15 Sep 2016
thats all I have to say abou that.
15 Sep 2016
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The Yankees and Red Sox are about to play some meaningful games late in the season for the first time in a number of years. You probably have to go all the way back to 2007 to find a series this late in the season with these implications. That’s because the Yankees find themselves four games out of first with four games against the first-place Red Sox. Now, I am not suggesting that the Yankees are going to sweep this series. Considering the state of their starting pitching, and the fact that they signed Billy Butler yesterday because they think he can help, indicate how long a shot this is. But, if the Yankees somehow take 3-of-4, they will remain in the think of the playoff race- something inconceivable on August 1st.
Again, I don’t think it will happen, I would actually be pretty happy getting out of town with a split. But as a Yankees’ fan I am playing with the house’s money over these final 17 games so I can dare to dream.
8 Sep 2016
Sorry for not posting in awhile, but I went on vacation and took a break. But not all of my vacation was devoid of baseball, among the good books I read while away, “The Arm” by Jeff Passan definitely made an impression.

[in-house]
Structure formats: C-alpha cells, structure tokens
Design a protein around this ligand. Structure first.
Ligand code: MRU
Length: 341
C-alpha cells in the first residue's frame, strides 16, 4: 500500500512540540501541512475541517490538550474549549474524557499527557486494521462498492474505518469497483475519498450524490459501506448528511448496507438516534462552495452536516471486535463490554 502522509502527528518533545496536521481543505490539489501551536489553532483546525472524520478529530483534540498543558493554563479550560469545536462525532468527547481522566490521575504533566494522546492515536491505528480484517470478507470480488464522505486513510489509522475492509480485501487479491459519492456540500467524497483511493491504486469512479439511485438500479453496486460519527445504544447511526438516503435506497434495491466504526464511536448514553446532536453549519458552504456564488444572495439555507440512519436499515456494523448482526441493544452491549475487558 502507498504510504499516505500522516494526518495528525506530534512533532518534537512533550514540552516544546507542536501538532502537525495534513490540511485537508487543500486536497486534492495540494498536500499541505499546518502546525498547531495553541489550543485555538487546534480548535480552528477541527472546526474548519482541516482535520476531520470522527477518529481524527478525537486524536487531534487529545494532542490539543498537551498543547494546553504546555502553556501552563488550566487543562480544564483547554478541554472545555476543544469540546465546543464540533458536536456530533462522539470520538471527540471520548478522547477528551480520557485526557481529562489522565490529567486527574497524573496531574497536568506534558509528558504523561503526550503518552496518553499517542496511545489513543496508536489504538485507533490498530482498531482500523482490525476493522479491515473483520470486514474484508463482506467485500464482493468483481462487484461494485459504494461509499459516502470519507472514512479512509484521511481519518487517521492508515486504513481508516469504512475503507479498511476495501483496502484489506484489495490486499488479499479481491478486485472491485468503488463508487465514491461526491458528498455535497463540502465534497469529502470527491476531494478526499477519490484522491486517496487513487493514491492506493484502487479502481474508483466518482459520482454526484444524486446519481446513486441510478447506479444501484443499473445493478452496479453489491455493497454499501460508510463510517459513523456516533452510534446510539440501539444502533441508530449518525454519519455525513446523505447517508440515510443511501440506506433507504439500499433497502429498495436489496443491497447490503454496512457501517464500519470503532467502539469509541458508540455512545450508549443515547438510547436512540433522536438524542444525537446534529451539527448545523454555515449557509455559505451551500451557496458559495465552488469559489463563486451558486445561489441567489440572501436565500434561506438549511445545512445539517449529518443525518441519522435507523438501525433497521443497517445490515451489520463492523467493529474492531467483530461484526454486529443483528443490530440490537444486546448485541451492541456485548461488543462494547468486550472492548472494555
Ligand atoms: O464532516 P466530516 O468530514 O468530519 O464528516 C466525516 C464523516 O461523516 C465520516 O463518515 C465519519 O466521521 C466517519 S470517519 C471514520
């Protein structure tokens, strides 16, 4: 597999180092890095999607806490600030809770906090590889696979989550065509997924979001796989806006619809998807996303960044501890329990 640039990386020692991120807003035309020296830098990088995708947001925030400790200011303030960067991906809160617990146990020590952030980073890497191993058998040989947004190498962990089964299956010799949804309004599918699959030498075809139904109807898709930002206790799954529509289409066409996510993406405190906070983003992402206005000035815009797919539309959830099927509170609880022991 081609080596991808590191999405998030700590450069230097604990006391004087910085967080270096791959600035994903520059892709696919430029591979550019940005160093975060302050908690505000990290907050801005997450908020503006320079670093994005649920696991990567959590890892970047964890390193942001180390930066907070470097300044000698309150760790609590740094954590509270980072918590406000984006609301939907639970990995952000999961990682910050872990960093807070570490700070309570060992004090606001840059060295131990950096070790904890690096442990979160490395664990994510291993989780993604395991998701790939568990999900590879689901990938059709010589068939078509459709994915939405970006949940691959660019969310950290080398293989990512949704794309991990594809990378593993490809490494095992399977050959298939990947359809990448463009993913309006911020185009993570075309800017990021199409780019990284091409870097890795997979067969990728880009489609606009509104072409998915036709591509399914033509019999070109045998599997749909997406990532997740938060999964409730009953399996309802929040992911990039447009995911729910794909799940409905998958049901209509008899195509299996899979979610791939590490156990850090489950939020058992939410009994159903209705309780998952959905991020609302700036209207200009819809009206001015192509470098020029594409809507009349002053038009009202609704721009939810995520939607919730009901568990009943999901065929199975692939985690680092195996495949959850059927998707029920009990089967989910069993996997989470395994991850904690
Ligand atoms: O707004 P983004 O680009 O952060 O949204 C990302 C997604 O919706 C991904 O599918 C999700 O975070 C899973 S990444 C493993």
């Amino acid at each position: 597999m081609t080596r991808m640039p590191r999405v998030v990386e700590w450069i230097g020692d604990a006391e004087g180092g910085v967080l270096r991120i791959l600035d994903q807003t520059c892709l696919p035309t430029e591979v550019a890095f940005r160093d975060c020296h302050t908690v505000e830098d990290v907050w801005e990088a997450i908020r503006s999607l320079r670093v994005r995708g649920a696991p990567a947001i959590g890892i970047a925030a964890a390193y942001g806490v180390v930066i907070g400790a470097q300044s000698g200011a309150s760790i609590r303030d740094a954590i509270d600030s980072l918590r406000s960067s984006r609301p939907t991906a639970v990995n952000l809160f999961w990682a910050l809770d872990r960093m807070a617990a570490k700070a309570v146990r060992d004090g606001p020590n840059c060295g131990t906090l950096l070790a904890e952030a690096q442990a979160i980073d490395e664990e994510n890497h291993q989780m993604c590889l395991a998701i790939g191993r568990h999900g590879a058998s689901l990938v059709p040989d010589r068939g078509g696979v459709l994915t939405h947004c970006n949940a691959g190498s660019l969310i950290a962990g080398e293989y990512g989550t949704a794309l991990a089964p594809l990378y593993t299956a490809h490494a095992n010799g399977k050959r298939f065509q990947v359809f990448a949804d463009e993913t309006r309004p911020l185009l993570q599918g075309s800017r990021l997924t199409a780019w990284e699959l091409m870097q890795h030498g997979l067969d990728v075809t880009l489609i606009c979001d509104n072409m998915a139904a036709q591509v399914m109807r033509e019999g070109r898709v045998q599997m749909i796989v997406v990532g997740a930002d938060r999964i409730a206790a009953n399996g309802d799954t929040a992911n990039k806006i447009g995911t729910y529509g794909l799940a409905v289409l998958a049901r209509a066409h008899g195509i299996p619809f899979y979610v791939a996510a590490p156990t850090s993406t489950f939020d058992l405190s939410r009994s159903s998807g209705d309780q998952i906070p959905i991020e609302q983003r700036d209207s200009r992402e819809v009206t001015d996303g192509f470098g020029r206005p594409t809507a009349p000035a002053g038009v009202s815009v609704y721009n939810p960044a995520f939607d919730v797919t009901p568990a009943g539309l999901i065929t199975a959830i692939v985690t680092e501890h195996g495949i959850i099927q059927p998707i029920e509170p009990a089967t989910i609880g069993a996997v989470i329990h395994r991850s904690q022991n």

If you have a child who is thinking of pitching, I strongly encourage you to read it. Passan does an amazing job of looking into arm injuries and trying to find the smoking gun behind all of the Tommy John surgeries that are plaguing major league baseball. He doesn’t come up with a definitive answer, but his data on kids who throw more than 8 months a year is eye-opening. (Synopsis- don’t let your kids do that) He travels to Japan and tries to understand their pitching culture and also presents the history of TJ surgery. He details the Red Sox negotiations with Jon Lester, and explains how MLB is trying to stem the flood of injuries. Part of it is a system-wide computer database of every injury across all levels, to get an idea of the scope of the problem and look for patterns. And part is an organizational study of a few systems, the Yankees included, focusing on the pitchers and analyzing not only their pitch counts and usage patters, but also their biomechanics. It will be interesting to see what results all of this study provides, but the conclusion I drew from the book is that the seeds of these injuries are planted long before a player even gets to college. Youth baseball is poisoning the health of future pitchers. Again, if you are a parent with a kid pitching, read this, but even if you are just a fan, it is worth your time.